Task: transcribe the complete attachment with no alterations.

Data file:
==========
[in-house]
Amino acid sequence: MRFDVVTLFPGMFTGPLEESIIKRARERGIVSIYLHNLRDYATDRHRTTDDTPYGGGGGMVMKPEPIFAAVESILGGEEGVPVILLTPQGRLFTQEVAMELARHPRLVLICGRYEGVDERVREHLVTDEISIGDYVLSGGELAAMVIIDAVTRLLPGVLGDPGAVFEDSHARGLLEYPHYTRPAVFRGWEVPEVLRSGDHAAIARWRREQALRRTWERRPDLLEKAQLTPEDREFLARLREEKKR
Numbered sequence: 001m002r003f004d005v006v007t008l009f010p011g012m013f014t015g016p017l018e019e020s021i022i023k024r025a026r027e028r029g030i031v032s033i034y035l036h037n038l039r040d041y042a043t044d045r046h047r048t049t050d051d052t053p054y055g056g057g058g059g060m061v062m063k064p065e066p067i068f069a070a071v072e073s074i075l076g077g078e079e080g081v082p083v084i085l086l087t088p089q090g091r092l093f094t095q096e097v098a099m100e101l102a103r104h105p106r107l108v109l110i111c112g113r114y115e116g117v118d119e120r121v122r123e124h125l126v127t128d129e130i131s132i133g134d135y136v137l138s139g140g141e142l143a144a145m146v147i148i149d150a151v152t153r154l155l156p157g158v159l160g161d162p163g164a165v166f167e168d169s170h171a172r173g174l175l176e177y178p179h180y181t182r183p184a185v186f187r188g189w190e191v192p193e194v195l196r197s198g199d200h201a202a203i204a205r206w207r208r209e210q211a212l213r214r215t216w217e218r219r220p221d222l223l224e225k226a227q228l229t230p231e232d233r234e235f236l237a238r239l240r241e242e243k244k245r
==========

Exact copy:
[in-house]
Amino acid sequence: MRFDVVTLFPGMFTGPLEESIIKRARERGIVSIYLHNLRDYATDRHRTTDDTPYGGGGGMVMKPEPIFAAVESILGGEEGVPVILLTPQGRLFTQEVAMELARHPRLVLICGRYEGVDERVREHLVTDEISIGDYVLSGGELAAMVIIDAVTRLLPGVLGDPGAVFEDSHARGLLEYPHYTRPAVFRGWEVPEVLRSGDHAAIARWRREQALRRTWERRPDLLEKAQLTPEDREFLARLREEKKR
Numbered sequence: 001m002r003f004d005v006v007t008l009f010p011g012m013f014t015g016p017l018e019e020s021i022i023k024r025a026r027e028r029g030i031v032s033i034y035l036h037n038l039r040d041y042a043t044d045r046h047r048t049t050d051d052t053p054y055g056g057g058g059g060m061v062m063k064p065e066p067i068f069a070a071v072e073s074i075l076g077g078e079e080g081v082p083v084i085l086l087t088p089q090g091r092l093f094t095q096e097v098a099m100e101l102a103r104h105p106r107l108v109l110i111c112g113r114y115e116g117v118d119e120r121v122r123e124h125l126v127t128d129e130i131s132i133g134d135y136v137l138s139g140g141e142l143a144a145m146v147i148i149d150a151v152t153r154l155l156p157g158v159l160g161d162p163g164a165v166f167e168d169s170h171a172r173g174l175l176e177y178p179h180y181t182r183p184a185v186f187r188g189w190e191v192p193e194v195l196r197s198g199d200h201a202a203i204a205r206w207r208r209e210q211a212l213r214r215t216w217e218r219r220p221d222l223l224e225k226a227q228l229t230p231e232d233r234e235f236l237a238r239l240r241e242e243k244k245r